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If using a cheese cloth bag, dump noodles into the bag and gently squeeze the remaining water out. Be careful not to squeeze too hard as you may crush the noodles. If using a colander or basket like above, place some fresh paper towels on top and gently apply pressure to the noodles pressing the water out. Turn the noodles and repeat until sufficiently drained of excess moisture.
Place the noodles in the colander or lay them out on a paper towel, and sprinkle a decent amount of sea salt on them. The salt will help pull out some of the water speeding the process. Sprinkle some salt, then shake or turn the noodles and sprinkle some more. Let sit for about 10-15 minutes to let the salt do it's job.
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WithorWithoutBacon Copyright 2015
Charlotte, NC United States
Zucchinis grow abundantly in my backyard, often faster that I could eat them. I would give some away while others would rot on my kitchen counter before I got a chance to do something with them. Not any more however! Zucchini noodles are a wonderful way to incorporate this fruit into your diet, while enjoying many of the sauces that traditionally accompany standard noodles. They are very easy to make and once you see how well they perform, they will be a regular part of your dinner rotation.
After about 10-15 minutes the noodles should be ready have the remaining water pressed out of them. They should be glistening with salt water, and if using a colander you should see a decent amount of water underneath it that has dripped off of the noodles.
I decided to just forgo noodles and ate my pasta sauces over meat alone. But I kept coming across zucchini noodles while I was perusing my nutrition websites. I wasn’t a huge zucchini fan. I tried different methods of preparing it; grilling, searing, sautéing, chopping it up into small pieces and hiding in salads or stir fry’s, none of which made repeat appearances in my rotation. It was when I started growing them in my garden that I decided to give these noodles a shot.
At this point you can add in other items that you wish, some of my favorites are thinly slice strips of bell peppers, cherry tomatoes, sundried tomatoes, pancetta or prosciutto.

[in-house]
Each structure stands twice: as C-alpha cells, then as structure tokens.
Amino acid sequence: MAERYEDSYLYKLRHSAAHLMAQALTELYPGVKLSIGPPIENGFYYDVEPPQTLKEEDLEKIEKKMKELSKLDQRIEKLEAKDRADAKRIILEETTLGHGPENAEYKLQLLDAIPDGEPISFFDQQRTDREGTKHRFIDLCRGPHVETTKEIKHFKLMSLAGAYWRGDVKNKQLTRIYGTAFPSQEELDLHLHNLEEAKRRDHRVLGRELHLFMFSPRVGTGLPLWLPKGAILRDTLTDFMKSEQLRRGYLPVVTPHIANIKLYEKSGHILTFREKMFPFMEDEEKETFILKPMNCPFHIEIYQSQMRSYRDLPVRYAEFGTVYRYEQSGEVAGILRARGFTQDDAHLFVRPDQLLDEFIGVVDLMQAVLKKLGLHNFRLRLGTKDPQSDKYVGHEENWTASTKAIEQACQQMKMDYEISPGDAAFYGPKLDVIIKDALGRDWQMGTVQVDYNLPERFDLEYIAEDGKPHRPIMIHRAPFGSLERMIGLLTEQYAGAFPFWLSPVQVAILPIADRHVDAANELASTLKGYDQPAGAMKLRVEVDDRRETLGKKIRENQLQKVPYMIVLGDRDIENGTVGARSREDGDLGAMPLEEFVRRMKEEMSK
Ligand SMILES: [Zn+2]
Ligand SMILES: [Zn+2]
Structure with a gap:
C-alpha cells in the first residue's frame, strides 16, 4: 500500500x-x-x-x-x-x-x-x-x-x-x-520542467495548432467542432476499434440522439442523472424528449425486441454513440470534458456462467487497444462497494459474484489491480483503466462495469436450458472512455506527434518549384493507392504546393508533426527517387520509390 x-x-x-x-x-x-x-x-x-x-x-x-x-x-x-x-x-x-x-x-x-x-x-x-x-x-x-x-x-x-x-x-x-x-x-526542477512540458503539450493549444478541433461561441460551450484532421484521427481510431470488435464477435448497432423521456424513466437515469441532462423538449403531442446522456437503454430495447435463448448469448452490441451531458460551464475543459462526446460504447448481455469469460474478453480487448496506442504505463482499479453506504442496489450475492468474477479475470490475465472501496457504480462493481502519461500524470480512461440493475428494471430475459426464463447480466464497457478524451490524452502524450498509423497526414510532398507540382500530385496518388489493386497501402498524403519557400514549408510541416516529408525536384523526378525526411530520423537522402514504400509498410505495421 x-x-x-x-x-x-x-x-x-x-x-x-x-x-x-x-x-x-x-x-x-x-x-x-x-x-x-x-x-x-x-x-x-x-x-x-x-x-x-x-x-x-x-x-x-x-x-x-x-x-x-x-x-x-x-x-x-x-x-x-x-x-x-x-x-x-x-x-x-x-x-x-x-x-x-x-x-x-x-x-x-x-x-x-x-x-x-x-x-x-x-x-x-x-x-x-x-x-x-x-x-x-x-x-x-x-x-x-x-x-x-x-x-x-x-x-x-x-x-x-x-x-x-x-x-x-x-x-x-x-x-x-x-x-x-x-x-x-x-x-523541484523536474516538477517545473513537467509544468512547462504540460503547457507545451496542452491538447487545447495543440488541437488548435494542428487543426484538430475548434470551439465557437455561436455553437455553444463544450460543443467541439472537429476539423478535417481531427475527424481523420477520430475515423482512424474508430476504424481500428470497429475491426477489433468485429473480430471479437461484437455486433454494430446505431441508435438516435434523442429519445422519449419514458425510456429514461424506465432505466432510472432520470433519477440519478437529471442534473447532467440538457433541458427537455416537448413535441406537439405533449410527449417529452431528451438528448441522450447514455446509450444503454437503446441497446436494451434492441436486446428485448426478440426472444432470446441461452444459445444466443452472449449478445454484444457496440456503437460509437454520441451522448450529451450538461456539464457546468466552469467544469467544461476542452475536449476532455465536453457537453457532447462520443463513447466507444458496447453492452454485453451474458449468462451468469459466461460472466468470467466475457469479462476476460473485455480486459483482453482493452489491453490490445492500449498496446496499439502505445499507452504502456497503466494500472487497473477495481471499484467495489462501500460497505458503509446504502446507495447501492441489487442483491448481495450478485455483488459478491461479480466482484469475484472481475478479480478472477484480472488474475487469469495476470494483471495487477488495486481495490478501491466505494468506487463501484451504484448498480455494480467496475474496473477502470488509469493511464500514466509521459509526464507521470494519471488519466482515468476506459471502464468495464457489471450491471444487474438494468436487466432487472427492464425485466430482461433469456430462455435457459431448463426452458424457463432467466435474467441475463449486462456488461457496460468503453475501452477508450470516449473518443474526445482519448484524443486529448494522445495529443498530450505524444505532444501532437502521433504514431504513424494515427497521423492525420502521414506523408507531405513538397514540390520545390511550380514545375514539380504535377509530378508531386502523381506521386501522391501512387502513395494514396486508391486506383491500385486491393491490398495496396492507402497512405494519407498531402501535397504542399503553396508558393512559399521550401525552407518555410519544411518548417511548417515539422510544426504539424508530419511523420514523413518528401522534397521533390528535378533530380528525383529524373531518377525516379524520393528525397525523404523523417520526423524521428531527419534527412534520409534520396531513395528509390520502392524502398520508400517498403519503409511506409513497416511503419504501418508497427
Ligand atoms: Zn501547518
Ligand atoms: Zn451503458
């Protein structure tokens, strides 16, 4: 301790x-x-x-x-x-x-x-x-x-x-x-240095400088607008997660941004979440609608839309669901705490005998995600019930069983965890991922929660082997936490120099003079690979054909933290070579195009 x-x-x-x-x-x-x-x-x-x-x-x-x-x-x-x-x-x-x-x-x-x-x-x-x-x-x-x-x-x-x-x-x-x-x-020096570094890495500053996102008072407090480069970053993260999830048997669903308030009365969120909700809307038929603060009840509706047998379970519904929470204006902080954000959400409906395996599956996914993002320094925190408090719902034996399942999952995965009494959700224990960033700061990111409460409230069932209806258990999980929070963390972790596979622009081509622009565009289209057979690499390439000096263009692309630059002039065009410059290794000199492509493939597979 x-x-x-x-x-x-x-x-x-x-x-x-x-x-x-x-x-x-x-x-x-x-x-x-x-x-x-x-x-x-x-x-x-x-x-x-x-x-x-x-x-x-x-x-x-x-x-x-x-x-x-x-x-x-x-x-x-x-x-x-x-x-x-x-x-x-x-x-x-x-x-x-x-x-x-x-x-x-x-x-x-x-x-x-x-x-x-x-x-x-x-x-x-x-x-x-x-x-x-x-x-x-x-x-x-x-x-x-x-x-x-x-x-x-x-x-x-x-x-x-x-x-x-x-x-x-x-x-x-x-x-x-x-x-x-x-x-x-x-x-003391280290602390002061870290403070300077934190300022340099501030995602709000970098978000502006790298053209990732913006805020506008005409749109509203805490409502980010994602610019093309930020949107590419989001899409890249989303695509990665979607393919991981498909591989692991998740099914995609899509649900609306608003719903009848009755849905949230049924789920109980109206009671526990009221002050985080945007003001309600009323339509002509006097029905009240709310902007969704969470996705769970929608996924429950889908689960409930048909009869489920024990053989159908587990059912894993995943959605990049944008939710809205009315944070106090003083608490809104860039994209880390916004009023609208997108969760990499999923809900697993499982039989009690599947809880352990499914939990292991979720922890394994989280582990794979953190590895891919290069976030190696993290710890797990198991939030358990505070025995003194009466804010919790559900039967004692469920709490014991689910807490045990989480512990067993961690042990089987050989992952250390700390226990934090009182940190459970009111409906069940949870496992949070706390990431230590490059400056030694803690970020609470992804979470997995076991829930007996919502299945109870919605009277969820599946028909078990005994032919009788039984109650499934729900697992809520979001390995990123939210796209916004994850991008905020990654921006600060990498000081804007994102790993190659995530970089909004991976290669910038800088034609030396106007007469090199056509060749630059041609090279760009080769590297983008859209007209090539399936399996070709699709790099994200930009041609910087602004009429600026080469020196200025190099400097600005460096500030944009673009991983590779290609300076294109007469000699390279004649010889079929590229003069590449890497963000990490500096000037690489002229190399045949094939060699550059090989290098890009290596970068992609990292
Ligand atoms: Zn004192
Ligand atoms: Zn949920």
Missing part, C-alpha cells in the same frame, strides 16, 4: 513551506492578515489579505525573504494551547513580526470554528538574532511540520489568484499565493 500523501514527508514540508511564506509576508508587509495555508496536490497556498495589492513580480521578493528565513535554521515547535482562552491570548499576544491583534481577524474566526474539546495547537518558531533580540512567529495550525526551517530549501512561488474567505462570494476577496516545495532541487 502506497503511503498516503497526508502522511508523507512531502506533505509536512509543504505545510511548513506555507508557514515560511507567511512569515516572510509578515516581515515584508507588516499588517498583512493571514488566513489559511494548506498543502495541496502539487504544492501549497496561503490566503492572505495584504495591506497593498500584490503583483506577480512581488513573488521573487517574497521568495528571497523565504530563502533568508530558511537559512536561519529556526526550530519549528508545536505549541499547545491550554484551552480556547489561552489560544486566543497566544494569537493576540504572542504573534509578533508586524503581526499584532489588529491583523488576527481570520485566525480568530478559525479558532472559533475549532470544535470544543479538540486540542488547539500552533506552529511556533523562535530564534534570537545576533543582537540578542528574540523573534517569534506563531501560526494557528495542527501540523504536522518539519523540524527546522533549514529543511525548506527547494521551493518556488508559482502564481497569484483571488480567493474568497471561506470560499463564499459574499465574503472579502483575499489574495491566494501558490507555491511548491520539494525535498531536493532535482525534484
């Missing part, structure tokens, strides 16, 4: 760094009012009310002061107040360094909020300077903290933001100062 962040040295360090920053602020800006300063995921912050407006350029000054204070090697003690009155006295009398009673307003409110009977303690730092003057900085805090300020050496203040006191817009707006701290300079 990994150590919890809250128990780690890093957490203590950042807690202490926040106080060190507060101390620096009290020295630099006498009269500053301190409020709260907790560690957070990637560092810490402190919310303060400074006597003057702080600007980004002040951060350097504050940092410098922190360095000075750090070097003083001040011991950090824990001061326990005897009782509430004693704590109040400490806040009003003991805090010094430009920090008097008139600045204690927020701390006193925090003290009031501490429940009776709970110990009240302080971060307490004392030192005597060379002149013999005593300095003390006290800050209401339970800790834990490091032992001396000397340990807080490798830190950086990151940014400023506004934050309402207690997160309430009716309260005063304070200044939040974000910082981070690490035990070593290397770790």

If you are making them by hand you can cut the noodles into your preferred size and thickness. I would recommend to discard or compost the very inner part of the fruit, where it is most watery and where the seeds reside, but that is a personal choice.
At this point you could start warming your frying pan. You will eventually want the pan at a medium to medium-high heat with about 1 Tbsp of coconut oil or your preferred fat of choice.
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If using a spiralizer, cut the ends off of the zucchini to create flat ends. Place in spiralizer and with a little pressure, push and turn the handle at the same time. The more rotations you do at once the longer the noodles will be. I personally turn it 3 or 4 times then break off the noodles and continue. It's all a matter of personal choice.
The information on this website is intended for informational and entertainment purposes only. It is an opinion blog based on personal research and experimentation. It is not intended nor implied to be a substitute for professional medical advice. The reader should always consult with a licensed professional healthcare provider before undertaking any diet or lifestyle change.
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I ended up getting a spiralizer, which is a small investment that has paid huge dividends considering how often I use it. If you want to try these without a spiralizer at first, you can make them easily with a hand tool or slicing the zucchini into very thin strips. Below is my favorite method to prepare them. Let me know on Facebook if you’ve tried them and what your favorite sauce is! Happy Fooding!
Noodles should be ready for the frying pan now. They only need to be warmed and not cooked through so ideally we want to flash heat them over medium to medium-high heat. I rarely cook them longer then 3-5 minutes. Just enough to coat with the cooking oil and raise the temperature enough to where they start to steam.
Pasta was among the meals I missed most when transitioning away from processed carbohydrates. I used to gorge on huge bowls of spaghetti, ziti and chicken Alfredo while mopping up the extra sauce with a crusty piece of Italian bread. I tried several alternatives, brown rice noodles, organic corn noodles, etc. but the end result was still the same: a bloated stomach overflowing with food, indigestion and a quick desire to take a nap!
Depending on the sauce and the pan, you can add it directly to the noodles in the pan, or remove the noodles and apply sauce on plate or in a bowl. They would also be perfectly fine without a sauce, just some olive oil and herbs and spices would turn them into a wonderful side dish. Try out some different combinations and let me know on Facebook what your favorite is!
Once all your noodles are made, the next step is to drain some of the water out of them. I like to use a basket/colander, but lying them on paper towels and then using a cheese cloth is perfectly fine as well.